NASFAA’s Innovative Learning Models Task Force

August 14, 2015

Today’s guest post is from Jillian Klein, Capella’s director of public and federal aid policy.

In November 2014, I was invited to participate in the National Association of Students Financial Aid Administrator’s (NASFAA) “Innovative Learning Model’s Task Force,” tasked with formulating recommendations to be shared broadly of how federal financial aid regulations and guidance might be changed in order to better support innovation in higher education. The work of our task force focused on innovative learning models as a broad concept, trying to allow for new models in higher education that may not even exist today, but also to include formats like competency-based direct assessment programs, like FlexPath.

Ultimately, our recommendations were segmented into five different themes: flexibility, accountability, cost, complexity and barriers. These five themes all highlight that the existing federal financial aid framework, built in large part to support traditional, brick and mortar institutions, doesn’t necessarily translate well to support today’s more innovative higher education offerings. Many of the recommendations included in the final task force report include ideas we have talked about on the Education Matters blog before: reintroducing year-round Pell to ensure students aren’t financially penalized for accelerating through their program, separating the federal financial aid system from a time-based measure, allowing schools the authority to limit borrowing, and a handful of ideas that are currently being tested through the existing Experimental Site Initiatives (in which Capella is participating.)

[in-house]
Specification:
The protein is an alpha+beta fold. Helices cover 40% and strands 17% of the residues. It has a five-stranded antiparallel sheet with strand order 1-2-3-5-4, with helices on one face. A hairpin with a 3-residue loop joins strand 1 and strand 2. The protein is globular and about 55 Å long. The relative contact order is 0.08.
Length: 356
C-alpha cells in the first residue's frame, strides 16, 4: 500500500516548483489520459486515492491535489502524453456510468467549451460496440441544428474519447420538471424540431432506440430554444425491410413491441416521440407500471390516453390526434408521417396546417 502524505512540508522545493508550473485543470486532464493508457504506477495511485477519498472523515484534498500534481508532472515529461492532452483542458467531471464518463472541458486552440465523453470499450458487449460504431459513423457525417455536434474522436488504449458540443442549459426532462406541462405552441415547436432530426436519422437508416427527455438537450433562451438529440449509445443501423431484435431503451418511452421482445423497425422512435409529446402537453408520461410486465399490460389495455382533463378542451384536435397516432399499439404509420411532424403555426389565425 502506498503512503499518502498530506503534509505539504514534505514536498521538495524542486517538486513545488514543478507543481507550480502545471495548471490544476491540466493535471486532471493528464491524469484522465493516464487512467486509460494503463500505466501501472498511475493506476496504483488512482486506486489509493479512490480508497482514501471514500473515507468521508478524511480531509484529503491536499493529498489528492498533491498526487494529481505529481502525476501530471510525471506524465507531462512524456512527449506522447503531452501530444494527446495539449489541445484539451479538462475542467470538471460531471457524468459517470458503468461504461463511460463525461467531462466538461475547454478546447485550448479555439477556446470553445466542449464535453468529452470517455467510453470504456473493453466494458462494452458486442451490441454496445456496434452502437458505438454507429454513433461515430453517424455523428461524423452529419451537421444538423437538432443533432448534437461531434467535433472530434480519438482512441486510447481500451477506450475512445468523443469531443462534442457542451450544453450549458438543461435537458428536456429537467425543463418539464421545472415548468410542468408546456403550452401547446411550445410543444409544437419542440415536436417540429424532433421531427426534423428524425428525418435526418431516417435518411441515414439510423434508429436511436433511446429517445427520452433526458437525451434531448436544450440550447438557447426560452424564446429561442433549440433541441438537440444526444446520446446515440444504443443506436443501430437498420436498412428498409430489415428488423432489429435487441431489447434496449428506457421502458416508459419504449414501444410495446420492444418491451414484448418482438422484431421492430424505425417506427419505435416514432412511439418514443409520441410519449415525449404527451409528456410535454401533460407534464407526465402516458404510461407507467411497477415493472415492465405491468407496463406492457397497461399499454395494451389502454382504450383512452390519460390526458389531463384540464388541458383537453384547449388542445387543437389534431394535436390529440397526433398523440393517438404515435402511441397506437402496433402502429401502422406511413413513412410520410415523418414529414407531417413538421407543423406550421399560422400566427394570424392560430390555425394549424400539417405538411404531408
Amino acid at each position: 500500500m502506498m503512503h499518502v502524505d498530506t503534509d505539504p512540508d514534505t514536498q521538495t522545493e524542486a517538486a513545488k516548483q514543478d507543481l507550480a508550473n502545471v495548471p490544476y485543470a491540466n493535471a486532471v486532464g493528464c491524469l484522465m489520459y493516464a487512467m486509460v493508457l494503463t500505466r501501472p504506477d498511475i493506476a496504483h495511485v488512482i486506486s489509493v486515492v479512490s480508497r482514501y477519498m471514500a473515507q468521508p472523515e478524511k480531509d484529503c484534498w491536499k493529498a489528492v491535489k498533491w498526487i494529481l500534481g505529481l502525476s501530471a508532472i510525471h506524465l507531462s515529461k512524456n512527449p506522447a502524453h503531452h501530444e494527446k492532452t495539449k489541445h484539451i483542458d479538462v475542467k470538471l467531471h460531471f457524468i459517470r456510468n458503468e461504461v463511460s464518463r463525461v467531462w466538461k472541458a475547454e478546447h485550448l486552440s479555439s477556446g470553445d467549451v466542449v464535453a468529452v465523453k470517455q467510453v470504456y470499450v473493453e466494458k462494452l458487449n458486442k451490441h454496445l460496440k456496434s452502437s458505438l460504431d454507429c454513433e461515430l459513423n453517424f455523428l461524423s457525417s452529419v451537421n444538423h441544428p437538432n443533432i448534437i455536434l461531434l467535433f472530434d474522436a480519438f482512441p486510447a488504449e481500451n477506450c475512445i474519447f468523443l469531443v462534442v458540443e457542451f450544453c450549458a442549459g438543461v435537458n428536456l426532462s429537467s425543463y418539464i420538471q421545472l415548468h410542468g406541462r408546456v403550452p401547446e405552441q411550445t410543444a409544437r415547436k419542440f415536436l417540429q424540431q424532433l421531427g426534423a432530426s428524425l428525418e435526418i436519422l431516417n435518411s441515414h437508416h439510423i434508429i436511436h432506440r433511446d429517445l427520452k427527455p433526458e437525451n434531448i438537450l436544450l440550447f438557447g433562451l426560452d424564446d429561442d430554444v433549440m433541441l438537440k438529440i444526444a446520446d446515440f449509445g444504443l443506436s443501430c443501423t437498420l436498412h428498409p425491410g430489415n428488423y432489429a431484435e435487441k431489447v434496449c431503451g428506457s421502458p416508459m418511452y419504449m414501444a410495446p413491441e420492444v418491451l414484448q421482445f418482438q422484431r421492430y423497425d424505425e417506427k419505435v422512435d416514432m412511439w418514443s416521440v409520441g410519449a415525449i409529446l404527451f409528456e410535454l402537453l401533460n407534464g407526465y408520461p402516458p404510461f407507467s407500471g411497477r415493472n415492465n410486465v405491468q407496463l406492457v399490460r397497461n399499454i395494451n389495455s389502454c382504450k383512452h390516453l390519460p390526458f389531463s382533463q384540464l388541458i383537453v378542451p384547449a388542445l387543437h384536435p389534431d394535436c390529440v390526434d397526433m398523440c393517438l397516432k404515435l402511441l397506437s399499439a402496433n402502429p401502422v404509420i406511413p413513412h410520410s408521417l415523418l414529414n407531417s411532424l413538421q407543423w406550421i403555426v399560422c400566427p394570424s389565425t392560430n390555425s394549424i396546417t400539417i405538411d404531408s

The upcoming reauthorization of the Higher Education Act is a great time to tackle many of the recommendations in this paper in order to ensure both innovation and accountability are maintained as new models of education are developed. The emergence of, and interest in, concepts like competency-based education make it clear that higher education is changing rapidly, and we need to make sure we have a funding system in place that supports today’s contemporary student. If you’re interested in reading the full report, you can find it here.

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Celebrating the Journey of Our Capella Graduates

August 13, 2015

This weekend, I’ll celebrate my five-year Capella birthday. I began at Capella five-years ago in July, but, really, I feel like my time at Capella started when I attended my first commencement in August, 2010. As an online institution, we don’t see our learners walking across campus, at football games, or at the student union. They are a constant presence every day in what we do; but we don’t get to see them. Such is the way of a modern, innovative university in the 21st century.